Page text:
For the prep leading up the day of the exam. The week before I went over the short synopsis a ton of times, I collaborated all of the incorrect questions in an EXCEL file and covered those sections until I was an expert. I also created a file for the calculations that were important for the exam and memorized those. I pretty much memorized a lot. I took one 250 question test and once I was done I went over the questions. Then for the rest of the time I went over the synopsis the rest of the time. It is the only way that I could have studied and passed.
I will tell you that you are going to be pulled in a million different directions from people who have taken it. The first time I took it I heard from two different people that they didn't even read the book, they just took the practice exams. So, following their footsteps I took the hell of the practice exams; close to 1200 questions total. If you are a great test taker then this is your possible way to do it. If you aren't then you need to know the vocab, etc. etc.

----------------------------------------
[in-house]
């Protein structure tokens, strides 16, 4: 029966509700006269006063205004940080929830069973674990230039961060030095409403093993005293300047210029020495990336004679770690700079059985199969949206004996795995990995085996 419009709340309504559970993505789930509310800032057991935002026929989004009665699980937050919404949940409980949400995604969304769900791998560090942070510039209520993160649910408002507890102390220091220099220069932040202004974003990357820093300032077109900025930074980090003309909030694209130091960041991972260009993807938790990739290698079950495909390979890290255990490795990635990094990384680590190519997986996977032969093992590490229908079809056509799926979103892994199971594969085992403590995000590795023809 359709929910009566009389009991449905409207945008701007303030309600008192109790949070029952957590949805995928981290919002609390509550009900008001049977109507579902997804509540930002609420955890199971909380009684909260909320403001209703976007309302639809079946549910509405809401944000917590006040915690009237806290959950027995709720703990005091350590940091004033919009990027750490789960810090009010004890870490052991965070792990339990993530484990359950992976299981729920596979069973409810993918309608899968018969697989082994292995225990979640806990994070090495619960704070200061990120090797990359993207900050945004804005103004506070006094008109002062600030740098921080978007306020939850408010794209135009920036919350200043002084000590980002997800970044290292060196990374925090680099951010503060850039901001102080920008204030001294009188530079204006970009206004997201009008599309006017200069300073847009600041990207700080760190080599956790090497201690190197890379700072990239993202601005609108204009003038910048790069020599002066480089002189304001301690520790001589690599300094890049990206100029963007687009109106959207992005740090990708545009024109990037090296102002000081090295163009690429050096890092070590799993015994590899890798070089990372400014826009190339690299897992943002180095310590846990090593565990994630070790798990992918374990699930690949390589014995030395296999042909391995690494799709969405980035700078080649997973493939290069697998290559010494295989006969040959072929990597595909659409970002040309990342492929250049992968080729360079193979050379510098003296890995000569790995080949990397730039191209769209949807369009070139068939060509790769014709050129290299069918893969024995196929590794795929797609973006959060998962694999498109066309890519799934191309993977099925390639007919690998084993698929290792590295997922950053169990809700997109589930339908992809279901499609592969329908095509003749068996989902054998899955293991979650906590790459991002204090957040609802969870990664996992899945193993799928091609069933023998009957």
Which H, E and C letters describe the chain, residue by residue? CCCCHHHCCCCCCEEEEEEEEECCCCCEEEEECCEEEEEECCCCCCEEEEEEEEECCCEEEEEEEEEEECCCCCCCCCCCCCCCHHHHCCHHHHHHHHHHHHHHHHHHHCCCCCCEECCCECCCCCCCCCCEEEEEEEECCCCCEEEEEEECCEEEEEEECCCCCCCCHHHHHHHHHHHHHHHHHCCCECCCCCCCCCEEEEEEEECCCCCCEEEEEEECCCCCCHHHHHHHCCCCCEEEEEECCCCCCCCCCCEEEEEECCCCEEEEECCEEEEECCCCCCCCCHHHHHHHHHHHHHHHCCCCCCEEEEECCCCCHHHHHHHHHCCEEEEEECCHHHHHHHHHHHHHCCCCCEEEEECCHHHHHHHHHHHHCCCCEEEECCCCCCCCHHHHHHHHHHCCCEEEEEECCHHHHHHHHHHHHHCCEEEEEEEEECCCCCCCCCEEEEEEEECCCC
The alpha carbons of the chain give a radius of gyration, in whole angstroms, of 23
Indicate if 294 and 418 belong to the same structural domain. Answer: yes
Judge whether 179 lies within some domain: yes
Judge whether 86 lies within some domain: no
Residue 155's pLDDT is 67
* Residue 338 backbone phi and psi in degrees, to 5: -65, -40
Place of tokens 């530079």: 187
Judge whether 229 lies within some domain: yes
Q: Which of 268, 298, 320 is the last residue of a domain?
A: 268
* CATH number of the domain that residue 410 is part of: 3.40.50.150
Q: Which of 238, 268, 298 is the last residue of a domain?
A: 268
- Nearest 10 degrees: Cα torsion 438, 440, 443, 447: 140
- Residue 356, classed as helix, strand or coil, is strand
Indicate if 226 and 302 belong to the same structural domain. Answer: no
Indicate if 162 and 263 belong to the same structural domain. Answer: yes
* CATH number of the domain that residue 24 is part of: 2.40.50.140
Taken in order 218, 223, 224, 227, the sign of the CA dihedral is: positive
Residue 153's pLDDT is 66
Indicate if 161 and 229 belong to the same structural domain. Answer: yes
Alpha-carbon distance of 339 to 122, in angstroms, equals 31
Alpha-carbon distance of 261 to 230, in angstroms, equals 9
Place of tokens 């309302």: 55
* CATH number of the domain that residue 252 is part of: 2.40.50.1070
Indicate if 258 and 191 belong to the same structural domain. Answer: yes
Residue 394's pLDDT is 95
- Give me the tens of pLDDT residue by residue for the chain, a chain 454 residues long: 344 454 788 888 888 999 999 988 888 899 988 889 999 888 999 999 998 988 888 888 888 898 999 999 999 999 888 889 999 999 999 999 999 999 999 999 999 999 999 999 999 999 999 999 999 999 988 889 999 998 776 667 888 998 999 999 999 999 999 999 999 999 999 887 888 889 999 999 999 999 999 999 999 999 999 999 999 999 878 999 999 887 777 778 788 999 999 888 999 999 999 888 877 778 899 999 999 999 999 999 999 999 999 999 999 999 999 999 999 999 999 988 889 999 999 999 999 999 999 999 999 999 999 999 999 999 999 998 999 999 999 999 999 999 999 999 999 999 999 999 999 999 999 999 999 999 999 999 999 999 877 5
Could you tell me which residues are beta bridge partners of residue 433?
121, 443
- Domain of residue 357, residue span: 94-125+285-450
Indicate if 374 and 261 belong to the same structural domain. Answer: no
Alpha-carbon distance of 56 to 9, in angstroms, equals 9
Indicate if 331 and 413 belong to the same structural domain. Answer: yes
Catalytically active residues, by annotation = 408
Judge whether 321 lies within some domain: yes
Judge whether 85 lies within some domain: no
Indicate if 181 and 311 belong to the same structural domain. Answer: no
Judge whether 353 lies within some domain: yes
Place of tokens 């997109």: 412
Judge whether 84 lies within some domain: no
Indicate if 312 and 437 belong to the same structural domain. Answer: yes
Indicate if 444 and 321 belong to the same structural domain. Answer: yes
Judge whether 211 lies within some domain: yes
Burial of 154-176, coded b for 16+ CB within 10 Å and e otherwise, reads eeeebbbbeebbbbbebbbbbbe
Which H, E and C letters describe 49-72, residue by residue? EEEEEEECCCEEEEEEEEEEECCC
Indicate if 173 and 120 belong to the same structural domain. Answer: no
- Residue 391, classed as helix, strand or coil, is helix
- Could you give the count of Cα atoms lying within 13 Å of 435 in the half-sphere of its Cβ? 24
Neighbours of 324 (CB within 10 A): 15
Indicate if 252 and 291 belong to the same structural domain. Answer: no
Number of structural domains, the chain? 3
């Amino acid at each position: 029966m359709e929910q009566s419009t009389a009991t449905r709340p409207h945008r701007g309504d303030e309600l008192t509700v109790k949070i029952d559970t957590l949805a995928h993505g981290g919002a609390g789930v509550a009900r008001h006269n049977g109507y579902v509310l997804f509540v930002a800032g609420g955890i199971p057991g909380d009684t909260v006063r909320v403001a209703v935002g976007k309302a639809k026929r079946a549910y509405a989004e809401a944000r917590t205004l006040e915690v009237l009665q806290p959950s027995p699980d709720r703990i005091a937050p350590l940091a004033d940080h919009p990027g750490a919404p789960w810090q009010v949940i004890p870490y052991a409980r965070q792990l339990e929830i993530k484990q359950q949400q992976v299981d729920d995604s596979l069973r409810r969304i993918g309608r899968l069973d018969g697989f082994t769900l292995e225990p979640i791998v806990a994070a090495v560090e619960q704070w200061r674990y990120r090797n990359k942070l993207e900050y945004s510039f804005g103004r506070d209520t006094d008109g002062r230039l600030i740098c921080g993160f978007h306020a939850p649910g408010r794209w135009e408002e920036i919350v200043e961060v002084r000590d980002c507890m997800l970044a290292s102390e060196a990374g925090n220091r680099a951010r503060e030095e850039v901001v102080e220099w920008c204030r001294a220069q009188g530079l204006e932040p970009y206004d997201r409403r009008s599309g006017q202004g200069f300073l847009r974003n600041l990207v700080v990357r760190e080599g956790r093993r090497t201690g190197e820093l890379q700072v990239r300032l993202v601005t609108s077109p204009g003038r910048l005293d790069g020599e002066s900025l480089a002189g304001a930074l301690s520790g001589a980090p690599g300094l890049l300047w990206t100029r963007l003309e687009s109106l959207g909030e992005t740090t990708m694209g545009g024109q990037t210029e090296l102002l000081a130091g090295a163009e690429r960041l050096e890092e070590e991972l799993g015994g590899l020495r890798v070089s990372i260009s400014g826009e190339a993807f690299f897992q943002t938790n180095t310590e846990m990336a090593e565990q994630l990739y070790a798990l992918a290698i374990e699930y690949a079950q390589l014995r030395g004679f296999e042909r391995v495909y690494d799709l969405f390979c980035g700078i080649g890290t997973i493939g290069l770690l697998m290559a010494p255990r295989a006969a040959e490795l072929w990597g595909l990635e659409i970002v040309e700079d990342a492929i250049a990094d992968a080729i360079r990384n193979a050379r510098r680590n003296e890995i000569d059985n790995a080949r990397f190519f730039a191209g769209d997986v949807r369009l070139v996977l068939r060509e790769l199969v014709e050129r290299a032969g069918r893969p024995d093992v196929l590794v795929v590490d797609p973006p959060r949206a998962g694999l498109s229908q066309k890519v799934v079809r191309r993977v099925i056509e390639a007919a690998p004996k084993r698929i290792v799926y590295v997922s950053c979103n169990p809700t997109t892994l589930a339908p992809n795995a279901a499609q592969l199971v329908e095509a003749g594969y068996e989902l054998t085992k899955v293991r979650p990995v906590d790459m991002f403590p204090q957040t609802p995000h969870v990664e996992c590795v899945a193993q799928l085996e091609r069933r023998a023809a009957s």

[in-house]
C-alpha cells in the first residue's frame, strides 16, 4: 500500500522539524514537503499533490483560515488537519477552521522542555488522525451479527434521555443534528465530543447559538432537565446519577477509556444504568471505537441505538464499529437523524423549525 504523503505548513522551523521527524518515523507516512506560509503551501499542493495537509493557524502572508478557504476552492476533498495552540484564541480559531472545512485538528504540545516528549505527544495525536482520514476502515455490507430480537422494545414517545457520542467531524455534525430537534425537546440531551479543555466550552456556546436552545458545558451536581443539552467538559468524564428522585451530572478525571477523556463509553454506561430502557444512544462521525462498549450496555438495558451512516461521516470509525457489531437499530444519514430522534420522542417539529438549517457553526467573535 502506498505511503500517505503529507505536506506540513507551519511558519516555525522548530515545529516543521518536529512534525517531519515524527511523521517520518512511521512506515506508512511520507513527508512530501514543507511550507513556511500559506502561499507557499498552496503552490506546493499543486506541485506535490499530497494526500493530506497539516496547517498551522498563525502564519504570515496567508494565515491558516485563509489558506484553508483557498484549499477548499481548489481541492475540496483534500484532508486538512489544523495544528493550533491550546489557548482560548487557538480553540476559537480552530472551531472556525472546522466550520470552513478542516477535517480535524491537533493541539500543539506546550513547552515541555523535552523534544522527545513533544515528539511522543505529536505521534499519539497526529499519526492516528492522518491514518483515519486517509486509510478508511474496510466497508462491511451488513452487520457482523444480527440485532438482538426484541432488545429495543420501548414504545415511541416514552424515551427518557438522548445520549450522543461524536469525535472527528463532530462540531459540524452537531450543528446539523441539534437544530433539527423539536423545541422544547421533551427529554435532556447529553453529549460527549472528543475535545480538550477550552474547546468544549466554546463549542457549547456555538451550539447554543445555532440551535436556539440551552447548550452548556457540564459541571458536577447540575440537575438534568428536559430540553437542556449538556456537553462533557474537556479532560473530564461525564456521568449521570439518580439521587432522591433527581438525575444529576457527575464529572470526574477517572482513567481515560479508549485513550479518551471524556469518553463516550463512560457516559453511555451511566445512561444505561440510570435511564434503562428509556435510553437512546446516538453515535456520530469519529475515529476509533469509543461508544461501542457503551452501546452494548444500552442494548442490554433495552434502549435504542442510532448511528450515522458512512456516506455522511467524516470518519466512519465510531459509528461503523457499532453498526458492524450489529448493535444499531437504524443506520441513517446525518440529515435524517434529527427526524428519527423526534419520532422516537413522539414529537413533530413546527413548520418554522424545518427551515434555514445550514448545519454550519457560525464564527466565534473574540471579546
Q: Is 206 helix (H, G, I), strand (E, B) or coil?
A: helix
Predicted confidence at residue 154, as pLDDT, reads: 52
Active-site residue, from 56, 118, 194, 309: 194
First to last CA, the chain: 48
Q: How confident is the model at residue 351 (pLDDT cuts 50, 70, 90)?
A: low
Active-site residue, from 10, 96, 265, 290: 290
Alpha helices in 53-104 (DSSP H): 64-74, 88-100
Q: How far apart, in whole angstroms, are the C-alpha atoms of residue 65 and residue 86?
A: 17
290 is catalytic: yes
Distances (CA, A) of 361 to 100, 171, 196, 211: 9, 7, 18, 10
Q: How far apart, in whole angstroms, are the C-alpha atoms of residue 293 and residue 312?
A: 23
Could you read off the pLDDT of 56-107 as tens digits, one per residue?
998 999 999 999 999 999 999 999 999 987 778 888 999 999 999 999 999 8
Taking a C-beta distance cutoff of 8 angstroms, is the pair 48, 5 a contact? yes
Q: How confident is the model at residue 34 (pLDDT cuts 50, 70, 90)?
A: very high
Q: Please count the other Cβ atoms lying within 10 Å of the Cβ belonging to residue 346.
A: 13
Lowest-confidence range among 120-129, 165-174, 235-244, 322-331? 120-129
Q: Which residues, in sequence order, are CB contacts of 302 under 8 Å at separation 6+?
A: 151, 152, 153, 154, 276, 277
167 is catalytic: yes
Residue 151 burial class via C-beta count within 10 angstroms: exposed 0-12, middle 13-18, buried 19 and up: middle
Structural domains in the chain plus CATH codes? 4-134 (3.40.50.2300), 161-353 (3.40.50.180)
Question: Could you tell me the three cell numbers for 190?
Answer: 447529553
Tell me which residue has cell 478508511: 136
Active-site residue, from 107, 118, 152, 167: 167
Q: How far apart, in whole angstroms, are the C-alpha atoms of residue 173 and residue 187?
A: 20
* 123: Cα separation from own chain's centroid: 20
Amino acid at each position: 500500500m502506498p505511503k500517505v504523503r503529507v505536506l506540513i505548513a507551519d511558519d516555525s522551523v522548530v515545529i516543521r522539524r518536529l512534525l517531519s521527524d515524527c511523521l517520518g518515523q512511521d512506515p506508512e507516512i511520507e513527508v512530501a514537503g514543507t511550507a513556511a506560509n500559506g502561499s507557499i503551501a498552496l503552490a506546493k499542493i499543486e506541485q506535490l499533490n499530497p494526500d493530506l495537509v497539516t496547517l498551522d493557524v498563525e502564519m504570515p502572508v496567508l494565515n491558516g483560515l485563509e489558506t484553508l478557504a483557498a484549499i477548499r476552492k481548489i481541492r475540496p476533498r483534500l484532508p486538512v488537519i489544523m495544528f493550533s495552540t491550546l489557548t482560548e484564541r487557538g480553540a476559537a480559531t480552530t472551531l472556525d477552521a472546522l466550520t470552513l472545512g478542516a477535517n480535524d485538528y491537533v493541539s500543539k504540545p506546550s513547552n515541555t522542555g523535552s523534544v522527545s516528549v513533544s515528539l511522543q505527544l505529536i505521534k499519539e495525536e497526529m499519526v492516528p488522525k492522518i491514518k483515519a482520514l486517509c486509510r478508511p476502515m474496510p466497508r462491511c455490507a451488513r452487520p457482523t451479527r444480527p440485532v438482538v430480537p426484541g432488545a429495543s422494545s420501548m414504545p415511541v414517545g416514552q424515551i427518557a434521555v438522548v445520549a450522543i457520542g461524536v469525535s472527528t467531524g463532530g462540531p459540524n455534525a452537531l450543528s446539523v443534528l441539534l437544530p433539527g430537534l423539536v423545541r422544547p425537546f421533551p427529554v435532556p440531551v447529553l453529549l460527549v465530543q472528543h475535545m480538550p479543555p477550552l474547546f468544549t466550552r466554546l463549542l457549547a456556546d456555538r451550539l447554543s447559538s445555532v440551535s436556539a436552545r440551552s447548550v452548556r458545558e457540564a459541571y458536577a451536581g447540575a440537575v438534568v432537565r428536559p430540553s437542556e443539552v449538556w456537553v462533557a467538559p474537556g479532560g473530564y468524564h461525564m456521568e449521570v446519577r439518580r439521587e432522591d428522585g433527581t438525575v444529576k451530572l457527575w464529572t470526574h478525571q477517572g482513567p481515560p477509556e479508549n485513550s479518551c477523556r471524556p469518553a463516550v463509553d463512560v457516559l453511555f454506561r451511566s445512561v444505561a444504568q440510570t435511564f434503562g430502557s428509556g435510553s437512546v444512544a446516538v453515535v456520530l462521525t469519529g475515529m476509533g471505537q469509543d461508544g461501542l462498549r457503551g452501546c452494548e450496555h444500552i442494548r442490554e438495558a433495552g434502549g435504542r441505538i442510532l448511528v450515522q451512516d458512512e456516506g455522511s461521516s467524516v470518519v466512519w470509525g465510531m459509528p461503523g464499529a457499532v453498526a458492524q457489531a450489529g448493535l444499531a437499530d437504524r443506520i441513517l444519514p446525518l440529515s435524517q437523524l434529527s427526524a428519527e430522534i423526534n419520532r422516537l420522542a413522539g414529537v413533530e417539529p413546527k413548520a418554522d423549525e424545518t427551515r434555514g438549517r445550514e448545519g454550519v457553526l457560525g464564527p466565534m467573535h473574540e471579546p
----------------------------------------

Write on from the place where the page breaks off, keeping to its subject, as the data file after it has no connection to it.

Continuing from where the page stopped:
The night before the exam I went to bed at 11:00 pm, I really couldn't sleep all night. I woke up at 4:00 am ready to go, but I forced myself to go back to sleep. I woke back up at 6 am and got ready for the exam. I went into prometrics looking like a bum, in slipper sandals, basketball shorts, and some breathable t-shirt. I went to the local grocery store and got a muffin, a Naked Mango/Orange juice, and a 5 hour energy drink. I drank 1/2 of the 5 hour and destroyed the muffin and juice. I pulled up the Prometrics before anyone. I kept saying this acronym in my head. J.A.D., Just Another Day. It really helped taking the edge off. I walked in, signed in, took a pre-game BM break, and got wanded before walking in the testing room. I was very calm considering what was ahead of me. I was sat down by the test admin and wrote down my options graph and any other information that was going to help me through the exam. I also did something on my sheets that helped me, I would write out the question; don't laugh it helped me understand what they were really asking. I tabbed the questions for review that were iffy and finished the first part with 15 minutes to spare. I submitted the first part and took my hour long lunch break at a sandwich shop around the corner. During this time I reviewed some of the information that I was a little confused on, ate half of my sandwich and finished the rest of the 5 hour energy. I went back to prometrics and took another BM break, and went onto the second part. The second part was a little more nerve racking. Not because it was harder but because I knew that this was it. So, I finished the second part with a little under 60 minutes to spare. I nervously went over the questions that I had marked for review and sat there for a minute mulling over my effort. I knew that I had nothing left in the tank. As my heart pounded, just about through my chest cavity I went through all of the options of clicking the yes I want to get the hell out of here button. I waited, and waited for that stupid computer to calculate my score. I sit there in limbo, waiting and BAM! PASS! I exuberantly said YES out loud in the testing center. Sorry other people taking exams, but this was kind of a big deal. I got an 83! I was so happy. All of that effort. All those long nights. All those weekends drying up and not going out with friends paid off. I was just happy to finally serve a purpose at work. No longer am I being judged by other co-workers as being a free-loader.